Language and math are important tools that allow humans to better understand the world around them, and communicate with one another. Some cognitive scientists are interested in learning more about how children develop language skills and conceptions about basic math principles, and how the development of math and language skills in early childhood might be interrelated.
Adults have certain ideas about what seems random in the world. For example, many adults have had the experience of flipping a coin and trying to guess which side of the coin will end up on top—either the “heads” side (H) or the “tails” side (T). Most adults would identify the coin flip sequence of HTTHT as appearing more random than a sequence that looks more uniform, i.e.: THTHT. Although any sequence of five coin flips is equally likely, some sequences feel more random than others.
This study asks: are children’s ideas about randomness similar to adults, and how do their ideas change with age?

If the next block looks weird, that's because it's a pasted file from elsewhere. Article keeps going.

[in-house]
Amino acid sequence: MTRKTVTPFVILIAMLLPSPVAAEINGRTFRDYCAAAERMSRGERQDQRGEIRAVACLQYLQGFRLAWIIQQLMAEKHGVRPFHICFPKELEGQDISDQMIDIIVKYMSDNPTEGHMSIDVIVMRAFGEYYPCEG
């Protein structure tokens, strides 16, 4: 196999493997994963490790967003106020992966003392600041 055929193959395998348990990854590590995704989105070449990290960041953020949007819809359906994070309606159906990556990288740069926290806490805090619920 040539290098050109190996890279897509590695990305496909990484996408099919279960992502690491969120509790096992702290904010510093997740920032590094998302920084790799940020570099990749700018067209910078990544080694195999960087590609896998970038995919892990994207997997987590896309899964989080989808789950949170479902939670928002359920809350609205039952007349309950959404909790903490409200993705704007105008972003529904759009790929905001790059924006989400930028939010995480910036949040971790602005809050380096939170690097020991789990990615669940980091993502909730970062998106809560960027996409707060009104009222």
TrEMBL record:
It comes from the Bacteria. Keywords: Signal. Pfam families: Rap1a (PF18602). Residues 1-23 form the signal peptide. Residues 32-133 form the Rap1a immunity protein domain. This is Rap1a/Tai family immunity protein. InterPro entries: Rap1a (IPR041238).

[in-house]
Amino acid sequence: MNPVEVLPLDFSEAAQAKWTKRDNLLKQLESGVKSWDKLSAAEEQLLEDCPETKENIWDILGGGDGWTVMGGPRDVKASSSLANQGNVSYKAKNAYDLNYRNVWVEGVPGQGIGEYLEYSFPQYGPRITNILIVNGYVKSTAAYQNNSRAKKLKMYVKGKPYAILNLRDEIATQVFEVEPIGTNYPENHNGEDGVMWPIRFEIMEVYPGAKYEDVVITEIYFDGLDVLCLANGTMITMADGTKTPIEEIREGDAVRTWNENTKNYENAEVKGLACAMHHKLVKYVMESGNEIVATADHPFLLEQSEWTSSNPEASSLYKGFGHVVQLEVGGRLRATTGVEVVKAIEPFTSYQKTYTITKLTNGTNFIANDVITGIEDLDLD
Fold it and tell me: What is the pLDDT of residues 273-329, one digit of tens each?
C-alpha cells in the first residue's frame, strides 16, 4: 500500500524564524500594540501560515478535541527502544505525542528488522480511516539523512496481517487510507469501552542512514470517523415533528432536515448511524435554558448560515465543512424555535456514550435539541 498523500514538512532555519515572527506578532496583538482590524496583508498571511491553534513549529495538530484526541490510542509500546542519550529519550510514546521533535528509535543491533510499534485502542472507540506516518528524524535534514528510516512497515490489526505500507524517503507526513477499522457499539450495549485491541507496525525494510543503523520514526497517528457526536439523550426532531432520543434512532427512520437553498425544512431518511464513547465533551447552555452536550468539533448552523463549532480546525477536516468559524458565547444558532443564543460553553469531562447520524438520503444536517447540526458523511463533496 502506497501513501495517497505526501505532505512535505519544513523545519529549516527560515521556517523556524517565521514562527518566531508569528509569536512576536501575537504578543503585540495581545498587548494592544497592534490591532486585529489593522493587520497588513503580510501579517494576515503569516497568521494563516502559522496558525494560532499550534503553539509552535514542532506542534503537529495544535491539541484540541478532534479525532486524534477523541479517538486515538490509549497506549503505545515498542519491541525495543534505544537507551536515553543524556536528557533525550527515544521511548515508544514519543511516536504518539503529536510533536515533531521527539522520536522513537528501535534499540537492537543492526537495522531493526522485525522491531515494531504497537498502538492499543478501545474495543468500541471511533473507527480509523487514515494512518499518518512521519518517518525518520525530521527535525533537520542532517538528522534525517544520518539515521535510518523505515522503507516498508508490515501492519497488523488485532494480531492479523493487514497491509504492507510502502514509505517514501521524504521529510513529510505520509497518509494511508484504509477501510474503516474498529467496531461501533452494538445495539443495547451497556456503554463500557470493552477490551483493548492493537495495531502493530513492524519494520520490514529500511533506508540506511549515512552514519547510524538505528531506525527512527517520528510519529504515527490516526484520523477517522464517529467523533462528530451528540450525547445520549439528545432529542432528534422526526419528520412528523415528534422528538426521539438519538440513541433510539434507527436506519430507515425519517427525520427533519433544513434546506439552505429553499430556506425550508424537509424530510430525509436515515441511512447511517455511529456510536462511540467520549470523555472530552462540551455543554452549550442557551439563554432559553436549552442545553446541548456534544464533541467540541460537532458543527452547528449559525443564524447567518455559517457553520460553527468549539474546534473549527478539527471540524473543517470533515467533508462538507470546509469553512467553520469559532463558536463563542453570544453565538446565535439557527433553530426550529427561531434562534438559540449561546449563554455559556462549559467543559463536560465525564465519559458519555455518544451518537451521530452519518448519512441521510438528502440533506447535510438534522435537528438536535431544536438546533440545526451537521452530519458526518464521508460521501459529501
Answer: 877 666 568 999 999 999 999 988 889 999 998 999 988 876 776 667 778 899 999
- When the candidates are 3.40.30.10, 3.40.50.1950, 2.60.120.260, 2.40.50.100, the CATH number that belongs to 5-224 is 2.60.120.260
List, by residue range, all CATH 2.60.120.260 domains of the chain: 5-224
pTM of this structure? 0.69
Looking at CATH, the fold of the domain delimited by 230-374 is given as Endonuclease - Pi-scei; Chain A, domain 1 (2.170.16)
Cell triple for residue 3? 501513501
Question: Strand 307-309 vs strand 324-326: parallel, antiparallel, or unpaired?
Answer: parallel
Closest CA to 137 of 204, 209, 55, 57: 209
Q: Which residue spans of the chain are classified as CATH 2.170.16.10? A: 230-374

Children, ages 3 to 8 years, are shown a red marble and a blue marble, which are both placed in a bag by the experimenter. The experimenter then shakes up the bag, pours one marble out into an opaque container, and asks the child to make a guess about the color of that marble. This guessing game is repeated five times.
By looking at the types of predictions children tend to generate at different ages, researchers had hoped to determine how children’s estimates of randomness change over time, and at what age these changes begin. However, initial results revealed that children of many ages tended to produce alternating responses- that is, they just go back and forth in a pattern (e.g. "HTHTH").
Therefore, researchers recently introduced a new game, in this game the experimenter tries to guess which of 2 cards the child has chosen. In this version, the child's goal is to "stump" the experimenter, and so children should choose based on his or her best efforts to have the experimenter guess incorrectly.
We predict that, in this new game, children may diverge from their typically alternating responses (e.g. "HTHTH"), and attempt more "random" sequences, if they realize this pattern is predictable.
Learn about other research related to Math and Language Cognition.
This research is conducted by the Early Childhood Cognition Lab at MIT